Juice, Flip Phone, INVICTVS
Juice will travel over from Boston with their electric violin-fueled rock, pop, and hiphop fusion. Catch them after sets from Seattle nu-jazz band Flip Phone and alt-hoppers INVICTVS.
Warbly Jets, Monsterwatch, Actionesse
Let me know if you’ve heard this one before. Some skinny dudes from Los Angeles form a rock band in the second decade of the 21st century. They look like an idealized dream of a Noisey editor and sound like they were raised on NME back issues and sided with Oasis and the Verve during the Britpop Wars. All of which means that Warbly Jets make instantly infectious, semi-danceable rock that’s as familiar as Wayfarer shades and excessive sniffing on a Gallagher brother. Thankfully, there’s just enough of a psychedelic edge to Warbly Jets’ songs to snag them a modest billing at the next Levitation festival. DAVE SEGAL
Jacob Banks has a thick, throaty, spacious vocal quality—he could fill a room with that booming rasp, which has moments of surprising creaminess amid the dramatic belting and crooning, the music a mix of soul, R&B, blues, and hiphop. Amid his repertoire highlights are the gospel-saturated chain-gang-stomp of “Chainsmoking,” which uses a bad habit as a metaphor for a toxic relationship he just can’t quit, and “Unholy War,” which comes closest to his self-styled “digital soul” sound, his vocals howling over a slow, deliberate blues shuffle that roils into a synth-fizzed riff break. Banks lands in town behind his first LP and Interscope Records debut, Village. LEILANI POLK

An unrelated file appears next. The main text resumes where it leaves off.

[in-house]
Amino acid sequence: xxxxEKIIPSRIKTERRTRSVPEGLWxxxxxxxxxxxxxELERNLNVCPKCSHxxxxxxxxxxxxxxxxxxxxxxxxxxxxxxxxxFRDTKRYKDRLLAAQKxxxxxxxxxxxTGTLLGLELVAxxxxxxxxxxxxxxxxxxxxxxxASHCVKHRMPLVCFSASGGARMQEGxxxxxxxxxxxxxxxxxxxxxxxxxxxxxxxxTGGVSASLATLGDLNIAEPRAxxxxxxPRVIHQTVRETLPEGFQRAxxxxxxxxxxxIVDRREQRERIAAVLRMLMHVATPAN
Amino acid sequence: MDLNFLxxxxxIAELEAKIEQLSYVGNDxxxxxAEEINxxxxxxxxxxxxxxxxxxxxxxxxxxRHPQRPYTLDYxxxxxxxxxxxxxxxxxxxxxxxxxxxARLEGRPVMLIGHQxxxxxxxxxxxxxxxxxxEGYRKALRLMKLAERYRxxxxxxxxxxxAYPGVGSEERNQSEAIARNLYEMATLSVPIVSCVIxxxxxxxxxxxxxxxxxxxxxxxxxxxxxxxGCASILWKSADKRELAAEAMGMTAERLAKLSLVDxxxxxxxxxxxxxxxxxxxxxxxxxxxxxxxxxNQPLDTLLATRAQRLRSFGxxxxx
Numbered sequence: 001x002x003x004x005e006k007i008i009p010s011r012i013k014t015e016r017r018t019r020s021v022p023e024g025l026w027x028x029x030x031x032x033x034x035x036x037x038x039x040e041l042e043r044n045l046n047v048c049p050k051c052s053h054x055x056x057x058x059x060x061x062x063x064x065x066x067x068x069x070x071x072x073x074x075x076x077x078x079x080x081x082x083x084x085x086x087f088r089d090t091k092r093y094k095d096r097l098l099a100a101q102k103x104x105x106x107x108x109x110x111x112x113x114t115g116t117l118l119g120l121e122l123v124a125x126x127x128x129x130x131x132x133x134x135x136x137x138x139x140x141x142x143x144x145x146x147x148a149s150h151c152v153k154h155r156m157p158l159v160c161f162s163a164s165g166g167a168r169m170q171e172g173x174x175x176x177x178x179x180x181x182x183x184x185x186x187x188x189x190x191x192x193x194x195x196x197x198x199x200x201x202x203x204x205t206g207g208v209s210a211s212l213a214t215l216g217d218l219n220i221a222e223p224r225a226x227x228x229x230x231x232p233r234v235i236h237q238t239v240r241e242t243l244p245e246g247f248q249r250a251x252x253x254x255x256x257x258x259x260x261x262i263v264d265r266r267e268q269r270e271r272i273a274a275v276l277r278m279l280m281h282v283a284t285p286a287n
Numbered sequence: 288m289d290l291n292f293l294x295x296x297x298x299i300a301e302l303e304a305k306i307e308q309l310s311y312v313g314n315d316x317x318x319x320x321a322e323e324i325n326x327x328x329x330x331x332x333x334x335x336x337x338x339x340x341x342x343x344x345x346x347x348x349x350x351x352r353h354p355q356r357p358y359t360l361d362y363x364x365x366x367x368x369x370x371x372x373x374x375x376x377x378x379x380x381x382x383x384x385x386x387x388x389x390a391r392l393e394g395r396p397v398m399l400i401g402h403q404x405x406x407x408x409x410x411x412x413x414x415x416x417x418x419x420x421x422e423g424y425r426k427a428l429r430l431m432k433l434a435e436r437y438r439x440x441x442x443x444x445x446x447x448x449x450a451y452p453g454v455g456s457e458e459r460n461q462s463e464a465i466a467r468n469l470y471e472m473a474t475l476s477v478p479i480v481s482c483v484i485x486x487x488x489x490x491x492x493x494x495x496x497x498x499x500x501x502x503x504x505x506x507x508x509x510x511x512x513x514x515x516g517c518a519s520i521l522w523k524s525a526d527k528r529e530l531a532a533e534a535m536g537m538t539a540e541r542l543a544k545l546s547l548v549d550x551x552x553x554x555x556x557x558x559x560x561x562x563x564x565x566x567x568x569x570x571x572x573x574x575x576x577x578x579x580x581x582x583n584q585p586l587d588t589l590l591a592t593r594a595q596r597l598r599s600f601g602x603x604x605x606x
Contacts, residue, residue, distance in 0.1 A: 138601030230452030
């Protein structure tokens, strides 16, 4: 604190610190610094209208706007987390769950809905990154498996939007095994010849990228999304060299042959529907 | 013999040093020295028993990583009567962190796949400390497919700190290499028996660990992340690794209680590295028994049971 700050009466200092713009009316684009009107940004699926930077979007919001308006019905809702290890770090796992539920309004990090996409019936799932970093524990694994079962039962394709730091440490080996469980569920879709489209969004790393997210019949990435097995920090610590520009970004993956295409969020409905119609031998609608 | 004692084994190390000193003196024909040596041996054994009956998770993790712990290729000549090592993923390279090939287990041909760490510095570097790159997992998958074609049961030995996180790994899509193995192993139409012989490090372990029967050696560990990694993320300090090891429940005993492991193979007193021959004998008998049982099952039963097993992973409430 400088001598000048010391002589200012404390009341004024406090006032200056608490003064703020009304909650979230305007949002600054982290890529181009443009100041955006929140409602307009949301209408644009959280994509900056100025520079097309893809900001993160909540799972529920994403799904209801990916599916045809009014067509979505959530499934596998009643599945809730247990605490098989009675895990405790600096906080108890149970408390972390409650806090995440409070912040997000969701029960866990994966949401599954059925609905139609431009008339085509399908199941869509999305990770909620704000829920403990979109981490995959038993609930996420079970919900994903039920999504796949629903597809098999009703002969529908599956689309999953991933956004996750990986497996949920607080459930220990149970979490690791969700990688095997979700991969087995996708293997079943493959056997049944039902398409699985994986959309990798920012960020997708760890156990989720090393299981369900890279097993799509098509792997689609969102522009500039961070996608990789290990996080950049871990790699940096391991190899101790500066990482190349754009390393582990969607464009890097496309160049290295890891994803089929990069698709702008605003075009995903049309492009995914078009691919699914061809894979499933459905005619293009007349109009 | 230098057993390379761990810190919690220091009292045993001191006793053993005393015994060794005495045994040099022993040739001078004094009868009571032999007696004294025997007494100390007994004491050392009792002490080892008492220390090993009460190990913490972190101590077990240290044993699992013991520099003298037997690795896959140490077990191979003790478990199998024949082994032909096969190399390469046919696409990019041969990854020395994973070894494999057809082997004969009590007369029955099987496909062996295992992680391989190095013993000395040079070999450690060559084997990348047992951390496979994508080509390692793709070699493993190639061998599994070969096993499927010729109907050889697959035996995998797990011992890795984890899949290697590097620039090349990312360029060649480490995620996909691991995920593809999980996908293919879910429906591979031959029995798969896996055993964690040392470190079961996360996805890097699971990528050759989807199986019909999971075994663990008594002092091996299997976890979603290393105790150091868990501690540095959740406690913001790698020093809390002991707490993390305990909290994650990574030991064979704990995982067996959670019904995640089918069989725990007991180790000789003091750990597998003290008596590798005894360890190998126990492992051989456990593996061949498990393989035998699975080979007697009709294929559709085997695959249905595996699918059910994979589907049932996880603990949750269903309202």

WEDNESDAY & SATURDAY-SUNDAYOPERA
Giuseppe Verdi's Il Trovatore is famous for one of the silliest plots in all of opera—no mean feat—but also for its rousing choruses, gorgeous coloratura arias, and heroic numbers. The production involves a love triangle, a long-simmering revenge arc, and an old witch who's accidentally thrown her own baby on a pyre.